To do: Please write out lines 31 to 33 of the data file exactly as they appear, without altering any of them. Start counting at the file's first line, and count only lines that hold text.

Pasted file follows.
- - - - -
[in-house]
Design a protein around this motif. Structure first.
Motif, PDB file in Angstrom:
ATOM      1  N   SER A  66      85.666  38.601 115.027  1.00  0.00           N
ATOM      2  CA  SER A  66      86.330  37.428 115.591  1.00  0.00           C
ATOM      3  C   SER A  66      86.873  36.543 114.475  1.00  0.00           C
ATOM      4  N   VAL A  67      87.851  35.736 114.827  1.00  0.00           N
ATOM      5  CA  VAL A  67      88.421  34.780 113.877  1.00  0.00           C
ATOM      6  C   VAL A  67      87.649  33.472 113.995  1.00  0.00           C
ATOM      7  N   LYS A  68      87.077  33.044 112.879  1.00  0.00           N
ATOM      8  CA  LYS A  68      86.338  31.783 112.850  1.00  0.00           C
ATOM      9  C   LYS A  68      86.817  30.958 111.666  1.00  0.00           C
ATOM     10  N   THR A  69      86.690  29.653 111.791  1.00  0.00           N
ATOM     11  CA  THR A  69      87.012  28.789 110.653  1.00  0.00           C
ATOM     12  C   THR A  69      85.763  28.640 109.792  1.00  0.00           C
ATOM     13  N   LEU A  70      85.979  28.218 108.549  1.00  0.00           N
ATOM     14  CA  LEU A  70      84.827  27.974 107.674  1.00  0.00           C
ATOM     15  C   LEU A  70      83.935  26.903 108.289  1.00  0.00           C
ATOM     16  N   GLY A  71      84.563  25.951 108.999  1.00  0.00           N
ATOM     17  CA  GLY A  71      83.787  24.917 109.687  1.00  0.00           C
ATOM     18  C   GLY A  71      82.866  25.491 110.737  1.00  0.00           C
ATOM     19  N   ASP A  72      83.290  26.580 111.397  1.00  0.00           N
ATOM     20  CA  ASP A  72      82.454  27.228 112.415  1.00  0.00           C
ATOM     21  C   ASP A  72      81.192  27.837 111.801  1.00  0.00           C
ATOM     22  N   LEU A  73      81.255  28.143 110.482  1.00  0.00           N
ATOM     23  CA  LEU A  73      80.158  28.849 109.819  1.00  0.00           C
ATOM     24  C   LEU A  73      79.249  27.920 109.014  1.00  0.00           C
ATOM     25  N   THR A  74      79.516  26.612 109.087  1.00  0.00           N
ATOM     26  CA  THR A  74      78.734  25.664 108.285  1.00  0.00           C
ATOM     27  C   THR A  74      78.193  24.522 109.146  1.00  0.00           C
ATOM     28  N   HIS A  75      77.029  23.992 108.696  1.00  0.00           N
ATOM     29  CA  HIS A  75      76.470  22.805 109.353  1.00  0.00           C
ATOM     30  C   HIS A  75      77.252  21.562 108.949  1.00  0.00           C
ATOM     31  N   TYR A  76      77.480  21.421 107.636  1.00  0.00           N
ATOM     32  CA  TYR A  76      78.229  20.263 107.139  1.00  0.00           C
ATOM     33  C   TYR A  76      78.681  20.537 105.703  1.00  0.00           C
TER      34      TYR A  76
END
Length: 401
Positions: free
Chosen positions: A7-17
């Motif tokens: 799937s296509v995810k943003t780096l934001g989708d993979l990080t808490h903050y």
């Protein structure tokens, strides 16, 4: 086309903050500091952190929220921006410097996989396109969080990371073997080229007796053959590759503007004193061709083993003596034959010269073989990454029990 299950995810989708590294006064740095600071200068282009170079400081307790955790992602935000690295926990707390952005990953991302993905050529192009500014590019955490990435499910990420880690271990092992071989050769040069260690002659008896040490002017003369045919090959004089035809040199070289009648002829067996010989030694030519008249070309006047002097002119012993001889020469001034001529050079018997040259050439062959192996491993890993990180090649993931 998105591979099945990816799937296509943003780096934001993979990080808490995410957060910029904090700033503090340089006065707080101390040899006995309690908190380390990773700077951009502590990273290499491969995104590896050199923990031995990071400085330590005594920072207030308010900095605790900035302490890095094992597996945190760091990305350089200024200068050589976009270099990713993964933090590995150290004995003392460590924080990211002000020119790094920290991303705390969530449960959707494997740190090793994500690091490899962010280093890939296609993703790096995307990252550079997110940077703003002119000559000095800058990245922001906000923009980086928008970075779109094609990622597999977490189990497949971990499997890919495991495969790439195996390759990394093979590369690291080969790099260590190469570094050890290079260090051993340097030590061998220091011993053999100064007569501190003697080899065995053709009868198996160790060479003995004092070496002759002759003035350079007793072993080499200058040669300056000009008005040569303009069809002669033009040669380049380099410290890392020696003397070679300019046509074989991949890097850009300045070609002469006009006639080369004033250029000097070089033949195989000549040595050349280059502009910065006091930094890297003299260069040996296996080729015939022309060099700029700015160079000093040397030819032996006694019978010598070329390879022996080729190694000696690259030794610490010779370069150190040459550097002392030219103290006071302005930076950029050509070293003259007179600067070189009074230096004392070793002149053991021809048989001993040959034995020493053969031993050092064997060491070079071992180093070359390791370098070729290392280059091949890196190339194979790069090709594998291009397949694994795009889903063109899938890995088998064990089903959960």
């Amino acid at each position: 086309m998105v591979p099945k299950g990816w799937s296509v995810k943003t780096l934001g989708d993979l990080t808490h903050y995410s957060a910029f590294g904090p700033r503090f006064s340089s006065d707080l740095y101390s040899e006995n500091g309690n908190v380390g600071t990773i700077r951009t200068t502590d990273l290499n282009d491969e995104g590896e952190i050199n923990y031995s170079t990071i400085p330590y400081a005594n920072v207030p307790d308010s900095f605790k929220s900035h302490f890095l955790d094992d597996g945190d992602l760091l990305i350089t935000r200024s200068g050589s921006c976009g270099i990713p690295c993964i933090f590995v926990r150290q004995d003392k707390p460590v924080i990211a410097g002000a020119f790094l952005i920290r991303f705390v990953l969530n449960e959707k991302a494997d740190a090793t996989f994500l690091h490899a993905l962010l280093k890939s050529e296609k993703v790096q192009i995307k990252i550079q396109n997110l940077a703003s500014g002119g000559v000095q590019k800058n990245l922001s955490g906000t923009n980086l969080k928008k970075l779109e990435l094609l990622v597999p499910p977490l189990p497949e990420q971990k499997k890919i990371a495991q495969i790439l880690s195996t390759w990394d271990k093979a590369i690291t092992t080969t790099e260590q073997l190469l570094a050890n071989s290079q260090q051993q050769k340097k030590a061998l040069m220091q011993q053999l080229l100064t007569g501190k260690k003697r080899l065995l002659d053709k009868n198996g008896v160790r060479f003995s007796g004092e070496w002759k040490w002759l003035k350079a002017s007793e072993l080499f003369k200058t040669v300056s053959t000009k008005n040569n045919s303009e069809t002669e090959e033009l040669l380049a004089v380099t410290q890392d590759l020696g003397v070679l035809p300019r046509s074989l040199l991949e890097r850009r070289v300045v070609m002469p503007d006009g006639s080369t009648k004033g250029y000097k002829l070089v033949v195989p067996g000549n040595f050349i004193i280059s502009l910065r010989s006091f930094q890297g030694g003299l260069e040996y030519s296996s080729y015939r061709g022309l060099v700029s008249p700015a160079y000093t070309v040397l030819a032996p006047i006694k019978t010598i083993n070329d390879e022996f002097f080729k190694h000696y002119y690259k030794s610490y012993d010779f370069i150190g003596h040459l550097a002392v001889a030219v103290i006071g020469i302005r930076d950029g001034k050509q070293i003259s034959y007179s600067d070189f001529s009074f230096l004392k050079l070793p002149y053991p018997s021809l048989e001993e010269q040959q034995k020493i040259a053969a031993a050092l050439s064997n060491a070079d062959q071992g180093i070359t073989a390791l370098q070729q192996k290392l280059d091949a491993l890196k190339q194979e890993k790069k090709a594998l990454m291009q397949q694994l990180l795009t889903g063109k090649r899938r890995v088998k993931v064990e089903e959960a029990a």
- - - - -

ATOM     28  N   HIS A  75      77.029  23.992 108.696  1.00  0.00           N
ATOM     29  CA  HIS A  75      76.470  22.805 109.353  1.00  0.00           C
ATOM     30  C   HIS A  75      77.252  21.562 108.949  1.00  0.00           C